LSM Research Seminar – Marie Thompson
Blog Post by Dr Dean Lockwood:
Staff and students from the Lincoln School of Media (including Audio Production) welcomed Marie Thompson for the LSM Research Seminar series which took place Wednesday, 30th October.
Marie is an artist and researcher based in Newcastle upon Tyne. She is currently a PhD candidate at Newcastle University, based in the International Centre for Music Studies. Her thesis uses a Spinozist notion of affect to critically rethink the correlation between noise, ‘unwantedness’ and ‘badness’, so to more fully allow for the use of noise as a musical resource. She is the co-editor of the collection, Sound, Music, Affect: Theorizing Sonic Experience (New York: Bloomsbury, 2013). Marie is also regularly audible as a noisemaker and improviser. She plays individually as Tragic Cabaret and in the band, Beauty Pageant. Here is Marie’s abstract for her talk for our research seminar:
‘Rethinking noise, rethinking noise music: Affect, relationality and the poetics of transgression’:
‘In this paper, I outline a relational, ethico-affective approach to noise that works to disrupt the definitive correlation between noise, ‘unwantedness’ and ‘badness’. Rather than defining noise as a type of sound, or a subjective judgement of sound, noise is posited as a productive, transformative force and a necessary component of material relations. This approach to noise, I argue, is advantageous: firstly, because it allows for the noise that occurs out of (human) earshot, insofar as it no longer relies upon a constitutive listening subject; and secondly, because it allows for noise’s capacity to be good as well as bad, generative as well as destructive. A greater space is thus made for noise’s positively productive capacity, which has been readily explored within the arts.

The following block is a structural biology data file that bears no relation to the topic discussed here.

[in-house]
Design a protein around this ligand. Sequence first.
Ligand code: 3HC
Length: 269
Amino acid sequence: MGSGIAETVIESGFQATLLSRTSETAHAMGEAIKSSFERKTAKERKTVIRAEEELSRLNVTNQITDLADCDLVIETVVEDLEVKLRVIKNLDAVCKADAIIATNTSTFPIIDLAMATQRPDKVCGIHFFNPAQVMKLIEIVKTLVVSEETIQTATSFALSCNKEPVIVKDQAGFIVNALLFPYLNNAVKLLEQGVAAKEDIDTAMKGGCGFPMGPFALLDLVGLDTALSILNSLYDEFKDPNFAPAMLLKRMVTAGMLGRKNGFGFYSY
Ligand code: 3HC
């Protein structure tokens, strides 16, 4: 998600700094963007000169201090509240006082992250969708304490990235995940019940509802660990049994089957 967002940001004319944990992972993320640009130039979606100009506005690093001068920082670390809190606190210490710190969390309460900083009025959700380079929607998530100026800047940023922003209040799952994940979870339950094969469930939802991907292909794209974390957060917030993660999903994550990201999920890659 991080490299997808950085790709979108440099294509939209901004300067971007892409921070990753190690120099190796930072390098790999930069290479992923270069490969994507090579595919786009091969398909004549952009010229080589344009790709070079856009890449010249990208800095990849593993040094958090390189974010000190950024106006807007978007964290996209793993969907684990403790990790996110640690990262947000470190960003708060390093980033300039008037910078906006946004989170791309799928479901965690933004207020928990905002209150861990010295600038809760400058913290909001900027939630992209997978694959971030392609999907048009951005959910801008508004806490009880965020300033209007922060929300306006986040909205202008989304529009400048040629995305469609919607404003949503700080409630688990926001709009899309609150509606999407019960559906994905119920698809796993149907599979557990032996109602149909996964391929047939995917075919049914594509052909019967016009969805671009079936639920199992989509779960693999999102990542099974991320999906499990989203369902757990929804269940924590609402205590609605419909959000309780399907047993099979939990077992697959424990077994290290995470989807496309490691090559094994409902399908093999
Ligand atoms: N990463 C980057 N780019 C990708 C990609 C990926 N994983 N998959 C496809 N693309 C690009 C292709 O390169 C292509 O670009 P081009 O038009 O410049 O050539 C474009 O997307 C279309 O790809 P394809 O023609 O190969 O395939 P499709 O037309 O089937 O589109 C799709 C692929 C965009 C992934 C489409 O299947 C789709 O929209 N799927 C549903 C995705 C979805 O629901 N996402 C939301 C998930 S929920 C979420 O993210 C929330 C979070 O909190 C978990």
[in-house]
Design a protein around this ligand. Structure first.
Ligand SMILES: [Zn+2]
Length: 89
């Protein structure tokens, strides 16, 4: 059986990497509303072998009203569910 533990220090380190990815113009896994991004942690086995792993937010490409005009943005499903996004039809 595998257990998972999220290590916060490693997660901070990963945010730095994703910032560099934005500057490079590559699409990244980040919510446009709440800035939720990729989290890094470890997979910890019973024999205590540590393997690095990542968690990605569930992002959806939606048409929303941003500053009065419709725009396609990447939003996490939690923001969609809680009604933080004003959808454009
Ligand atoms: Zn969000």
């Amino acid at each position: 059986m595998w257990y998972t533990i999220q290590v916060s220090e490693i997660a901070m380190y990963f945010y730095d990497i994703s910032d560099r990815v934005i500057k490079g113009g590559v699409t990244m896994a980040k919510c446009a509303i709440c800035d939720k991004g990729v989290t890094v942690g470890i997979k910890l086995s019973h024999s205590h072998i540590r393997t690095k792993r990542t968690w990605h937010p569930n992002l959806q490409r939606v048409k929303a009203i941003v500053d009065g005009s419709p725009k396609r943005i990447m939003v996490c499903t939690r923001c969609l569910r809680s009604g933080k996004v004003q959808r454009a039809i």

In the second half of this paper, I discuss how a relational, ethico-affective approach to noise provides a means of (re)conceptualising noise music that moves away from the language of failure, taboo and contradiction. Rather than approaching noise music in terms of transgression, which is underlined by a dualistic conceptualisation of the relationship between (wanted, ‘good’) music and (unwanted, ‘bad’) noise, I suggest that noise music can be understood as an act of exposure, in that it foregrounds the presence of noise that is always already within the technical-musical system.’